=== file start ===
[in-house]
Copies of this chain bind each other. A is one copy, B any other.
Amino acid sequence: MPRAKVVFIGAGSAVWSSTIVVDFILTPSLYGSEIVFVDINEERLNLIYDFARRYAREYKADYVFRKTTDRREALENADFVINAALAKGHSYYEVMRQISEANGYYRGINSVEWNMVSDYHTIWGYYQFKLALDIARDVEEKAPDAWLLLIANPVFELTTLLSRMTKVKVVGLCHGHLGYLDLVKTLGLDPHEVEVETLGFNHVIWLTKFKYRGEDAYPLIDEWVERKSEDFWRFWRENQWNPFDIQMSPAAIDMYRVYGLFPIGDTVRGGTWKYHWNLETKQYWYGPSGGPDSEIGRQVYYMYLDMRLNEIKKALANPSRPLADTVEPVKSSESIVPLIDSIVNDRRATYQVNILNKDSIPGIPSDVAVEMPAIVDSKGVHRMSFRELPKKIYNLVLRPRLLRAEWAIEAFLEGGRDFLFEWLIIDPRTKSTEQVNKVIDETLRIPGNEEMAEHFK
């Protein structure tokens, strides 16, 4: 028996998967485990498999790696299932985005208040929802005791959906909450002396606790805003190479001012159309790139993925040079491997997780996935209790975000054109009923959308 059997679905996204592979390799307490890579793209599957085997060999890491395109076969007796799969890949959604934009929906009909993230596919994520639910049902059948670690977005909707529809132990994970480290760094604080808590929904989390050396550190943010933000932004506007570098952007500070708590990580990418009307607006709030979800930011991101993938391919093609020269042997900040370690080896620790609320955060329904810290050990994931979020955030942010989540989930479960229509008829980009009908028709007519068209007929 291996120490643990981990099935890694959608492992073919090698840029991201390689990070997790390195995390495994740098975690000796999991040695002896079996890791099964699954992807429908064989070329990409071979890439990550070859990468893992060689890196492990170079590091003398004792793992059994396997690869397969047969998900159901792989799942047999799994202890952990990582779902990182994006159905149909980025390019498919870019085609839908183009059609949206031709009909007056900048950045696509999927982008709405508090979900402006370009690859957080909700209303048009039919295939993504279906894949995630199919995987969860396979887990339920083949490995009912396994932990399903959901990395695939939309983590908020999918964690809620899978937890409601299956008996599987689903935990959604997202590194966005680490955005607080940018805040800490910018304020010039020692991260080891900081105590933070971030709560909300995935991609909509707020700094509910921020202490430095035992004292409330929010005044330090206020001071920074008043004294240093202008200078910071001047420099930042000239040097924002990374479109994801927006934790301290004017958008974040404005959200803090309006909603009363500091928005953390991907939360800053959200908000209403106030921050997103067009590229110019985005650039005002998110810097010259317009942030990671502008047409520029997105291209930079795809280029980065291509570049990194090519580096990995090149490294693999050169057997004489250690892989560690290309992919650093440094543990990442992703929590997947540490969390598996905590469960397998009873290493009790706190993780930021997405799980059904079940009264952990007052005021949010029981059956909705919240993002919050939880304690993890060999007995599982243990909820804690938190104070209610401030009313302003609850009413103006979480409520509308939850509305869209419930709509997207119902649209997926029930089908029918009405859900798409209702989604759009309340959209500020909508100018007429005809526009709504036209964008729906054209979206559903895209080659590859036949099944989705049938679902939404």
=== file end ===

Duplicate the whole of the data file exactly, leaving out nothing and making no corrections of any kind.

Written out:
[in-house]
Copies of this chain bind each other. A is one copy, B any other.
Amino acid sequence: MPRAKVVFIGAGSAVWSSTIVVDFILTPSLYGSEIVFVDINEERLNLIYDFARRYAREYKADYVFRKTTDRREALENADFVINAALAKGHSYYEVMRQISEANGYYRGINSVEWNMVSDYHTIWGYYQFKLALDIARDVEEKAPDAWLLLIANPVFELTTLLSRMTKVKVVGLCHGHLGYLDLVKTLGLDPHEVEVETLGFNHVIWLTKFKYRGEDAYPLIDEWVERKSEDFWRFWRENQWNPFDIQMSPAAIDMYRVYGLFPIGDTVRGGTWKYHWNLETKQYWYGPSGGPDSEIGRQVYYMYLDMRLNEIKKALANPSRPLADTVEPVKSSESIVPLIDSIVNDRRATYQVNILNKDSIPGIPSDVAVEMPAIVDSKGVHRMSFRELPKKIYNLVLRPRLLRAEWAIEAFLEGGRDFLFEWLIIDPRTKSTEQVNKVIDETLRIPGNEEMAEHFK
């Protein structure tokens, strides 16, 4: 028996998967485990498999790696299932985005208040929802005791959906909450002396606790805003190479001012159309790139993925040079491997997780996935209790975000054109009923959308 059997679905996204592979390799307490890579793209599957085997060999890491395109076969007796799969890949959604934009929906009909993230596919994520639910049902059948670690977005909707529809132990994970480290760094604080808590929904989390050396550190943010933000932004506007570098952007500070708590990580990418009307607006709030979800930011991101993938391919093609020269042997900040370690080896620790609320955060329904810290050990994931979020955030942010989540989930479960229509008829980009009908028709007519068209007929 291996120490643990981990099935890694959608492992073919090698840029991201390689990070997790390195995390495994740098975690000796999991040695002896079996890791099964699954992807429908064989070329990409071979890439990550070859990468893992060689890196492990170079590091003398004792793992059994396997690869397969047969998900159901792989799942047999799994202890952990990582779902990182994006159905149909980025390019498919870019085609839908183009059609949206031709009909007056900048950045696509999927982008709405508090979900402006370009690859957080909700209303048009039919295939993504279906894949995630199919995987969860396979887990339920083949490995009912396994932990399903959901990395695939939309983590908020999918964690809620899978937890409601299956008996599987689903935990959604997202590194966005680490955005607080940018805040800490910018304020010039020692991260080891900081105590933070971030709560909300995935991609909509707020700094509910921020202490430095035992004292409330929010005044330090206020001071920074008043004294240093202008200078910071001047420099930042000239040097924002990374479109994801927006934790301290004017958008974040404005959200803090309006909603009363500091928005953390991907939360800053959200908000209403106030921050997103067009590229110019985005650039005002998110810097010259317009942030990671502008047409520029997105291209930079795809280029980065291509570049990194090519580096990995090149490294693999050169057997004489250690892989560690290309992919650093440094543990990442992703929590997947540490969390598996905590469960397998009873290493009790706190993780930021997405799980059904079940009264952990007052005021949010029981059956909705919240993002919050939880304690993890060999007995599982243990909820804690938190104070209610401030009313302003609850009413103006979480409520509308939850509305869209419930709509997207119902649209997926029930089908029918009405859900798409209702989604759009309340959209500020909508100018007429005809526009709504036209964008729906054209979206559903895209080659590859036949099944989705049938679902939404």